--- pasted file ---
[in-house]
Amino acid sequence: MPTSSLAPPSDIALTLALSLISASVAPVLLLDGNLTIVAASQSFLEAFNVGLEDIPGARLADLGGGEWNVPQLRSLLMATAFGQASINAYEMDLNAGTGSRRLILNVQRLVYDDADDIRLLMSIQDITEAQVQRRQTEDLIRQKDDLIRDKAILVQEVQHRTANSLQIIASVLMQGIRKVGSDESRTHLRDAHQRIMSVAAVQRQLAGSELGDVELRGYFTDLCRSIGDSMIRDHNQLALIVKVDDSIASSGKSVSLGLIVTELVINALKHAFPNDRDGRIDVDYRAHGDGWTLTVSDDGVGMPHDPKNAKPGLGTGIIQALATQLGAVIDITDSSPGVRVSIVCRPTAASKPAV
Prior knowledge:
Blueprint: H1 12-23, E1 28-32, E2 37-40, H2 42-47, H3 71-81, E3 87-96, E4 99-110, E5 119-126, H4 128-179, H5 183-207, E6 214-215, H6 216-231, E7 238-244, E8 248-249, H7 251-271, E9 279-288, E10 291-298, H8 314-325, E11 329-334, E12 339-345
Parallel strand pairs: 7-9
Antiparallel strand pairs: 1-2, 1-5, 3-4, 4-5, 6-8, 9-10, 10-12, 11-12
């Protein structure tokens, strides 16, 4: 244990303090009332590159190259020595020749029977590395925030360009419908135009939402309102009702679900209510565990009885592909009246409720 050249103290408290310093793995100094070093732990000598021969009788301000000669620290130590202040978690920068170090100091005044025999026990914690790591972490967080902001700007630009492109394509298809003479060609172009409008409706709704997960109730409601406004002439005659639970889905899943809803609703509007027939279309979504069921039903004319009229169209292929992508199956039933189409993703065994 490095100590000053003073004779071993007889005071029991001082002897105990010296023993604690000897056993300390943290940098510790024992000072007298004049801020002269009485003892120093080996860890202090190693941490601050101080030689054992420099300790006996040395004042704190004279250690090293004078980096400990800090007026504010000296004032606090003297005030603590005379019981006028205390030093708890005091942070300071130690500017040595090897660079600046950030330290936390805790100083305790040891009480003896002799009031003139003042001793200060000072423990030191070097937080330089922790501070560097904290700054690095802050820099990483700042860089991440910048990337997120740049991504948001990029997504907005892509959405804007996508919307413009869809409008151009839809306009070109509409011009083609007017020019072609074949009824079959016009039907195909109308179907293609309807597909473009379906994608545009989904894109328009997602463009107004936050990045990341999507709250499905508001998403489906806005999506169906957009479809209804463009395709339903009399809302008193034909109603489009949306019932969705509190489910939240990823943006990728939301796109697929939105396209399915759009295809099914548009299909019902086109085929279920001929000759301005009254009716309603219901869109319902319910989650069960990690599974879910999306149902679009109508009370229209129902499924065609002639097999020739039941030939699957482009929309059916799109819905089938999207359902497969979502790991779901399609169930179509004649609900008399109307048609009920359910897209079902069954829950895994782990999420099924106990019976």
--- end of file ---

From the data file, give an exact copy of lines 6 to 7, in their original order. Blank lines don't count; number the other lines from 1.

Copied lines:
Antiparallel strand pairs: 1-2, 1-5, 3-4, 4-5, 6-8, 9-10, 10-12, 11-12
């Protein structure tokens, strides 16, 4: 244990303090009332590159190259020595020749029977590395925030360009419908135009939402309102009702679900209510565990009885592909009246409720 050249103290408290310093793995100094070093732990000598021969009788301000000669620290130590202040978690920068170090100091005044025999026990914690790591972490967080902001700007630009492109394509298809003479060609172009409008409706709704997960109730409601406004002439005659639970889905899943809803609703509007027939279309979504069921039903004319009229169209292929992508199956039933189409993703065994 490095100590000053003073004779071993007889005071029991001082002897105990010296023993604690000897056993300390943290940098510790024992000072007298004049801020002269009485003892120093080996860890202090190693941490601050101080030689054992420099300790006996040395004042704190004279250690090293004078980096400990800090007026504010000296004032606090003297005030603590005379019981006028205390030093708890005091942070300071130690500017040595090897660079600046950030330290936390805790100083305790040891009480003896002799009031003139003042001793200060000072423990030191070097937080330089922790501070560097904290700054690095802050820099990483700042860089991440910048990337997120740049991504948001990029997504907005892509959405804007996508919307413009869809409008151009839809306009070109509409011009083609007017020019072609074949009824079959016009039907195909109308179907293609309807597909473009379906994608545009989904894109328009997602463009107004936050990045990341999507709250499905508001998403489906806005999506169906957009479809209804463009395709339903009399809302008193034909109603489009949306019932969705509190489910939240990823943006990728939301796109697929939105396209399915759009295809099914548009299909019902086109085929279920001929000759301005009254009716309603219901869109319902319910989650069960990690599974879910999306149902679009109508009370229209129902499924065609002639097999020739039941030939699957482009929309059916799109819905089938999207359902497969979502790991779901399609169930179509004649609900008399109307048609009920359910897209079902069954829950895994782990999420099924106990019976």